Interestingly, the report points out that locating turbines below the skyline in the belief this will reduce visual impact -- as is often the case in Britain -- may in fact have the opposite effect. This is due to the contrast of turbine colour and because the visual relationship between the wind farm and skyline varies as the viewer moves. Since there tends to be an expectation that wind developments should relate to the windiest of sites -- or high points, siting turbines below the skyline may appear irrational. "The location of a wind farm is É about honestly portraying a form in direct relation to its function and our culture; by compromising this relationship, a negative image of attempted camouflage can occur," writes the author. Turbine size should relate to the scale of the surrounding landscape, continues the report. Larger wind turbines do not necessarily result in greater visual impact than smaller ones. And a development's impact is not directly proportional to the number of turbines.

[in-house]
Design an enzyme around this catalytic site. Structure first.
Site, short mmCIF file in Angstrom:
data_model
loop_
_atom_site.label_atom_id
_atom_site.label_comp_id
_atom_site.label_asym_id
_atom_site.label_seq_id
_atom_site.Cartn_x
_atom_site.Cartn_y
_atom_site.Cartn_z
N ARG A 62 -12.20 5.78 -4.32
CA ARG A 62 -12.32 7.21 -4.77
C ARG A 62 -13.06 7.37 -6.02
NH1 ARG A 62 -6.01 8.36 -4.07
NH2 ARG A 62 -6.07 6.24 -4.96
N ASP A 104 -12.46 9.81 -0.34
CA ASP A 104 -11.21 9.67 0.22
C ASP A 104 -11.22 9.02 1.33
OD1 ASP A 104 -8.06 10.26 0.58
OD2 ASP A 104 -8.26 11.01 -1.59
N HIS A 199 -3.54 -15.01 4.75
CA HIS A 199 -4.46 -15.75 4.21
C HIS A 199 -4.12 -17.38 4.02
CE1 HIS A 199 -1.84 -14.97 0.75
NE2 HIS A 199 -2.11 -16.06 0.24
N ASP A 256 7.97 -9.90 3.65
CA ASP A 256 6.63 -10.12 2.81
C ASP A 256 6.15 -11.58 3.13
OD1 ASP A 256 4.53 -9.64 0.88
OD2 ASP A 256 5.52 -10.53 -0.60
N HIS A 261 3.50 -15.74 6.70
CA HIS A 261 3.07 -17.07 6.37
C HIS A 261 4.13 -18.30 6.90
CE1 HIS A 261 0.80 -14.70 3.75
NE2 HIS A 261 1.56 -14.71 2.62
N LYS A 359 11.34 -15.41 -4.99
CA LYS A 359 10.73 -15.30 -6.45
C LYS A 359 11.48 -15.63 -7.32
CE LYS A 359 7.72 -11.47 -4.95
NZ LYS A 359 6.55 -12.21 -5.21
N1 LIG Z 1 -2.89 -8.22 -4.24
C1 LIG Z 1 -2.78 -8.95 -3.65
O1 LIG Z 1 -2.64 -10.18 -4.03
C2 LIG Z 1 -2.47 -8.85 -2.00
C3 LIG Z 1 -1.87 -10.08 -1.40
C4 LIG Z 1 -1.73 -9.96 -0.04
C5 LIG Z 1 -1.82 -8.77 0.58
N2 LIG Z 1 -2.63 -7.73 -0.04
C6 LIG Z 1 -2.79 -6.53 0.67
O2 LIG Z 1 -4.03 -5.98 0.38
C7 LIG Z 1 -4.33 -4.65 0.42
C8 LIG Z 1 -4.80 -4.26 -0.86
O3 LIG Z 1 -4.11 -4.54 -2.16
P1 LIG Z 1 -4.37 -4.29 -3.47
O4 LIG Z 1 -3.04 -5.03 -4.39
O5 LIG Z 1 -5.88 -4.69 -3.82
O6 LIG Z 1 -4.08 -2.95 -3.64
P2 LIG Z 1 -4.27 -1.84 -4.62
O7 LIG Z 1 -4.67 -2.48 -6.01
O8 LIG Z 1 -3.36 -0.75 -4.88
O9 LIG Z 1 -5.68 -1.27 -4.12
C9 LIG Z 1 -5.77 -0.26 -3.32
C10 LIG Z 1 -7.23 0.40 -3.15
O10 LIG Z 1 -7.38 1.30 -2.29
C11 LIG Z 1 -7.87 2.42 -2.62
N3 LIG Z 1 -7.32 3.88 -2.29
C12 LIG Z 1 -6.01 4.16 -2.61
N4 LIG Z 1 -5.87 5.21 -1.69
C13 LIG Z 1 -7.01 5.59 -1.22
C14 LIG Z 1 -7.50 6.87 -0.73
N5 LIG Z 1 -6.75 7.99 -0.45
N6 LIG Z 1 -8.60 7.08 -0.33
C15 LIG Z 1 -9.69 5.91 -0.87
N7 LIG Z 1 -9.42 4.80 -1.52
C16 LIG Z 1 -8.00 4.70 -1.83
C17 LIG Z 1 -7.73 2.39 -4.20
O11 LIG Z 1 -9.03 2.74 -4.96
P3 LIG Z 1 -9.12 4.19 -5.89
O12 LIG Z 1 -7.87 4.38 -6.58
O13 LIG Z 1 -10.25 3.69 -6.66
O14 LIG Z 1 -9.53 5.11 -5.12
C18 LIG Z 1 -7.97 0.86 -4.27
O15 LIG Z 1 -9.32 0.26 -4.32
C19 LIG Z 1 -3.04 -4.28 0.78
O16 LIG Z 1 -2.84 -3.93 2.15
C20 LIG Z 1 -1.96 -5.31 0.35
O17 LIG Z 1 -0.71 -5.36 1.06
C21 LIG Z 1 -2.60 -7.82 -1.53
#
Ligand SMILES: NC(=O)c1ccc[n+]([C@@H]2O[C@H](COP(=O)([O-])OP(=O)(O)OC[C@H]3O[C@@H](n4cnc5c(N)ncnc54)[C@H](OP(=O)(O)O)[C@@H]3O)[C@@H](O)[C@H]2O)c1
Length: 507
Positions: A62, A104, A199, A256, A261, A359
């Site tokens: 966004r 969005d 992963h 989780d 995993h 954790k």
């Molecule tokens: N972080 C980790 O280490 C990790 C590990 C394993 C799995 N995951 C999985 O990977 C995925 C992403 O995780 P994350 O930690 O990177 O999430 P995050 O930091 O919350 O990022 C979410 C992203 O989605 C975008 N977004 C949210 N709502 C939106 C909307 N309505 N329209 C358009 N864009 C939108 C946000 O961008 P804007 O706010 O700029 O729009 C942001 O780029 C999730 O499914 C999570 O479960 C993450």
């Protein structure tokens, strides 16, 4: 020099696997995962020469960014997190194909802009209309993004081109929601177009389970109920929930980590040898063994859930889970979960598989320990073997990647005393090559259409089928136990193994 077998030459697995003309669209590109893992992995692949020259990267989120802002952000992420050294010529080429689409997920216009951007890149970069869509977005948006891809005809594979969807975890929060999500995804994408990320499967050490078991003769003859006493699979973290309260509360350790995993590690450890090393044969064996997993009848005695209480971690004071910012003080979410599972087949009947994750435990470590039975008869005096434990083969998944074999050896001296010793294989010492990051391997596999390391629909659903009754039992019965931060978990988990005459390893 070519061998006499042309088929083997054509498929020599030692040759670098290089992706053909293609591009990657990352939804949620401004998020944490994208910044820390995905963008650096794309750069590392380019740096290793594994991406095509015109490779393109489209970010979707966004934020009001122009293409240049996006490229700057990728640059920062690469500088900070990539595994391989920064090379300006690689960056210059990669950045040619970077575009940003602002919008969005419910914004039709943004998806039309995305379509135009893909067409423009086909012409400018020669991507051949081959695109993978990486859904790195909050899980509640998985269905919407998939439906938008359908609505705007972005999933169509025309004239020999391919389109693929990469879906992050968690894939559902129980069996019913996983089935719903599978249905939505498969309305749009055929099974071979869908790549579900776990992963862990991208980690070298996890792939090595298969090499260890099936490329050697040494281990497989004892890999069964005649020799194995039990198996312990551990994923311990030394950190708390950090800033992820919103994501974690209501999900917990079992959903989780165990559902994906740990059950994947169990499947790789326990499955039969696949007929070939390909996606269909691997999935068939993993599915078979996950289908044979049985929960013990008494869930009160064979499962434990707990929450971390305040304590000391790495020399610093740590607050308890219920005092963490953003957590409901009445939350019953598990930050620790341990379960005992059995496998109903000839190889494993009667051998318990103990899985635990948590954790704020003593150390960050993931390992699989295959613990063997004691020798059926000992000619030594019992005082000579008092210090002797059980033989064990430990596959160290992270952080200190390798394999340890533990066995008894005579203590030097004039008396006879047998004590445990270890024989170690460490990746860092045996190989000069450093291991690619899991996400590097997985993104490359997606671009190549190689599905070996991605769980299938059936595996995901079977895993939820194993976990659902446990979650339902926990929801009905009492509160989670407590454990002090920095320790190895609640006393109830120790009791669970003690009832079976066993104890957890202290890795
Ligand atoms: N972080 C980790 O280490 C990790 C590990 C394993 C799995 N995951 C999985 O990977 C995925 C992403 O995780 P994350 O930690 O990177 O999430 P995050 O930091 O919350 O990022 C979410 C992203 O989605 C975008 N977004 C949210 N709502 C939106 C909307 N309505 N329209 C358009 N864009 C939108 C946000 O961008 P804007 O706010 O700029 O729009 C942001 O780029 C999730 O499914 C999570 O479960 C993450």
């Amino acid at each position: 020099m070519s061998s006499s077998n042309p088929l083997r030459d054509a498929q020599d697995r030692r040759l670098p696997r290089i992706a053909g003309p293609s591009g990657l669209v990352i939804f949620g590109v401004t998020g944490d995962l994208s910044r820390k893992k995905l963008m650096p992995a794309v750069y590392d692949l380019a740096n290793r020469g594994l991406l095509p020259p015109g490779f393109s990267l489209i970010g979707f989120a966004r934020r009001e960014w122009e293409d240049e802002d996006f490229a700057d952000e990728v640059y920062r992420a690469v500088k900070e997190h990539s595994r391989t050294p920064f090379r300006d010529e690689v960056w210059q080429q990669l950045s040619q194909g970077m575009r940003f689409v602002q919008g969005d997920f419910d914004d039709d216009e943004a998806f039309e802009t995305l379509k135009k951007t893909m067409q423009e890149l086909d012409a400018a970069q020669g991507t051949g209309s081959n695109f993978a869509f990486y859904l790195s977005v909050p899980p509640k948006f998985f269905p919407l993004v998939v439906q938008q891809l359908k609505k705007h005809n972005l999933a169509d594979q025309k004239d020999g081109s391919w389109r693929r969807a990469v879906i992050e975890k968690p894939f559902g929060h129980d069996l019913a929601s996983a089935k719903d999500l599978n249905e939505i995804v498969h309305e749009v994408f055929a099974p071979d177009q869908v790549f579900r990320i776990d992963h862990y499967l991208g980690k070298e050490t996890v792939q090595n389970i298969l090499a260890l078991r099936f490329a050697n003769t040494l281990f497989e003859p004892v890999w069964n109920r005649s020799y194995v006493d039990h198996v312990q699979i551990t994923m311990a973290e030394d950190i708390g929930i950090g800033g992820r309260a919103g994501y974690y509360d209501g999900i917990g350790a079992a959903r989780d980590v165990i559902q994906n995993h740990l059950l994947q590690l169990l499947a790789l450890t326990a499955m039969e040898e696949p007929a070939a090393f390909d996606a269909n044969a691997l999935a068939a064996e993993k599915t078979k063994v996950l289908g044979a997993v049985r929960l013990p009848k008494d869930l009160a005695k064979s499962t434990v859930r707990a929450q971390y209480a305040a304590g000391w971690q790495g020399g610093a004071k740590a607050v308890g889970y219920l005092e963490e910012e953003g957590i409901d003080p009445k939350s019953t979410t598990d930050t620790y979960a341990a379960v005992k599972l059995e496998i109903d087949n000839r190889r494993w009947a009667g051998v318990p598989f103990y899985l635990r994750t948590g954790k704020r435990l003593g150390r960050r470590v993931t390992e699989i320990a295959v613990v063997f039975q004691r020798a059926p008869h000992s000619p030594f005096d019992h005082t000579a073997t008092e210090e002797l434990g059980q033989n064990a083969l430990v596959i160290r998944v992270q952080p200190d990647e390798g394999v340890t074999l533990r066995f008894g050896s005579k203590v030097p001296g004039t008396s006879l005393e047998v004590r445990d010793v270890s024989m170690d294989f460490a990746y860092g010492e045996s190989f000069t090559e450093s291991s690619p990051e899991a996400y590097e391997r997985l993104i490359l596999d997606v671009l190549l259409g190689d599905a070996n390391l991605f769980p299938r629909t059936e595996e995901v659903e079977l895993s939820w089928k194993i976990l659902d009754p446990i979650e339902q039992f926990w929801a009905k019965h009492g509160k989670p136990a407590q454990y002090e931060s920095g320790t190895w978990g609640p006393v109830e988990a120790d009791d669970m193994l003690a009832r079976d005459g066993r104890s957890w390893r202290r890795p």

The report finds that many people opposed to wind development have difficulty in associating it with their own electricity consumption. It says people must be made aware of the connection. Controversially, the report argues that wind developments should not be excluded from protected landscapes. Many visual problems arise because of lack of attention to the design and layout of turbines. Landscape architects "must assert their capability to positively contribute to wind farm design."